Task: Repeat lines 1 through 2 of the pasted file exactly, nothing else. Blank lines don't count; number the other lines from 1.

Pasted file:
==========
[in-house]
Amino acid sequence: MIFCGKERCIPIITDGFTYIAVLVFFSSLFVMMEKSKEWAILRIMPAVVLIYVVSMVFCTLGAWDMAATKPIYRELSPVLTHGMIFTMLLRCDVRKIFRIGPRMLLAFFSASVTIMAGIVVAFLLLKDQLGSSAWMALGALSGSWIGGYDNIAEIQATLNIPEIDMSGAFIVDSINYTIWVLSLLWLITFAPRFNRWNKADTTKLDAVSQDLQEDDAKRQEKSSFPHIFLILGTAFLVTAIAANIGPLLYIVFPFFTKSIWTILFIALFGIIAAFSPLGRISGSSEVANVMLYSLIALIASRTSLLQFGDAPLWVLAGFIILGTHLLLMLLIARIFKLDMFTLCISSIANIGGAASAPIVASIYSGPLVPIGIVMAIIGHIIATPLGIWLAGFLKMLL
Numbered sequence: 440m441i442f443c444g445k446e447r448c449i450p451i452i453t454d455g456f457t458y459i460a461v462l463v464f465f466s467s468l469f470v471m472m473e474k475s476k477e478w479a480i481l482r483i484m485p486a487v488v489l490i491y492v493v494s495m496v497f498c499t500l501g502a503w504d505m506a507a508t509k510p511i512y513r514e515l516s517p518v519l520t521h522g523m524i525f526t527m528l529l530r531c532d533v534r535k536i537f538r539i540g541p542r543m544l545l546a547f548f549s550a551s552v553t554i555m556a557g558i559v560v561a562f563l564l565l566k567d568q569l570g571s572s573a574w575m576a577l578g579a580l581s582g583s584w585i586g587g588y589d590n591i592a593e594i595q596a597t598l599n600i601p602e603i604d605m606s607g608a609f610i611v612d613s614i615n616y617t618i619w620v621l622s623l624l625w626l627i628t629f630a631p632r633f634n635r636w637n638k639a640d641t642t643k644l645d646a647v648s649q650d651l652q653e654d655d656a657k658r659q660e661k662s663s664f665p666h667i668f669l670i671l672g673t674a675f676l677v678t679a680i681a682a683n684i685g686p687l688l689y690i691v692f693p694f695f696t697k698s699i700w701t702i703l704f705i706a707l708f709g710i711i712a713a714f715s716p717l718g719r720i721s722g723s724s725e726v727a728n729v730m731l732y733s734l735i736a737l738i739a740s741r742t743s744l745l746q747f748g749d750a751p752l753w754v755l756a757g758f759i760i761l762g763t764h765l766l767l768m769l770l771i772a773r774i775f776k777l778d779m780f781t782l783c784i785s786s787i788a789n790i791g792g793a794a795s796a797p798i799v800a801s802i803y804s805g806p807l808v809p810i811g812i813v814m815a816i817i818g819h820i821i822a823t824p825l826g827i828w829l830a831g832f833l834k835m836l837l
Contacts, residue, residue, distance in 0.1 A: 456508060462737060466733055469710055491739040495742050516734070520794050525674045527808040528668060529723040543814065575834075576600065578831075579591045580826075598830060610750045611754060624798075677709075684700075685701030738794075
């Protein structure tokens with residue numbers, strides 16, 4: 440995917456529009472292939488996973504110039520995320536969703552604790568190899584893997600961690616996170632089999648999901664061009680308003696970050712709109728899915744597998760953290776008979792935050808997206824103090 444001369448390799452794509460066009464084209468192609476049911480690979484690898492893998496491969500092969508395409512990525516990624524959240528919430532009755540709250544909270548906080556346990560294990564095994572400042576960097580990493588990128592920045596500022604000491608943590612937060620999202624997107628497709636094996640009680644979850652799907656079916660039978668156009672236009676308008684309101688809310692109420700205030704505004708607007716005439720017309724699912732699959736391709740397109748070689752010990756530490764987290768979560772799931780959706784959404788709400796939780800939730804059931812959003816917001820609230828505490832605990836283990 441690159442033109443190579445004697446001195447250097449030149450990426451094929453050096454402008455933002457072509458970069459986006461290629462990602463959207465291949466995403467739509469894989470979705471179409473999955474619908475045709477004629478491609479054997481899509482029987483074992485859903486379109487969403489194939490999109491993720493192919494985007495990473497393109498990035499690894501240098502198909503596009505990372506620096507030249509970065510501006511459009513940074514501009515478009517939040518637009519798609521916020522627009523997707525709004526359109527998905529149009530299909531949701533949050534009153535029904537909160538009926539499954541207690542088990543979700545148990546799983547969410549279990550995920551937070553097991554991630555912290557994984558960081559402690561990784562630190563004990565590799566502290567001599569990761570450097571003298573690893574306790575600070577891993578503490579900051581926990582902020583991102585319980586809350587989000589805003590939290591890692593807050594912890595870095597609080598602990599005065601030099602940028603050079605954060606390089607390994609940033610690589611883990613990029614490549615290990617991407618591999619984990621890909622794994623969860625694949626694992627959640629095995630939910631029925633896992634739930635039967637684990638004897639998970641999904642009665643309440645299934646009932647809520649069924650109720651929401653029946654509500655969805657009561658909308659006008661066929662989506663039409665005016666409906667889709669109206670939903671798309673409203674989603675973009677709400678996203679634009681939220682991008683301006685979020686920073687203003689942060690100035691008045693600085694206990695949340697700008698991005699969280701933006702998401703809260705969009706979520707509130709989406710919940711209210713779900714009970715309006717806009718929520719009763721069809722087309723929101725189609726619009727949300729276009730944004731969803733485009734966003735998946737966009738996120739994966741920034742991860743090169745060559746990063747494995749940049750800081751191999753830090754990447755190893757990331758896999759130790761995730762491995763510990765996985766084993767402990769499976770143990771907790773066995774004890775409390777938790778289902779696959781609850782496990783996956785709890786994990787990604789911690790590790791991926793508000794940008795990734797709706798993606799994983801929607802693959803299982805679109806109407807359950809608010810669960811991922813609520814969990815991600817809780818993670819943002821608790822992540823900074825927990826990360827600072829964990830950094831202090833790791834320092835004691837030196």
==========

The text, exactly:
[in-house]
Amino acid sequence: MIFCGKERCIPIITDGFTYIAVLVFFSSLFVMMEKSKEWAILRIMPAVVLIYVVSMVFCTLGAWDMAATKPIYRELSPVLTHGMIFTMLLRCDVRKIFRIGPRMLLAFFSASVTIMAGIVVAFLLLKDQLGSSAWMALGALSGSWIGGYDNIAEIQATLNIPEIDMSGAFIVDSINYTIWVLSLLWLITFAPRFNRWNKADTTKLDAVSQDLQEDDAKRQEKSSFPHIFLILGTAFLVTAIAANIGPLLYIVFPFFTKSIWTILFIALFGIIAAFSPLGRISGSSEVANVMLYSLIALIASRTSLLQFGDAPLWVLAGFIILGTHLLLMLLIARIFKLDMFTLCISSIANIGGAASAPIVASIYSGPLVPIGIVMAIIGHIIATPLGIWLAGFLKMLL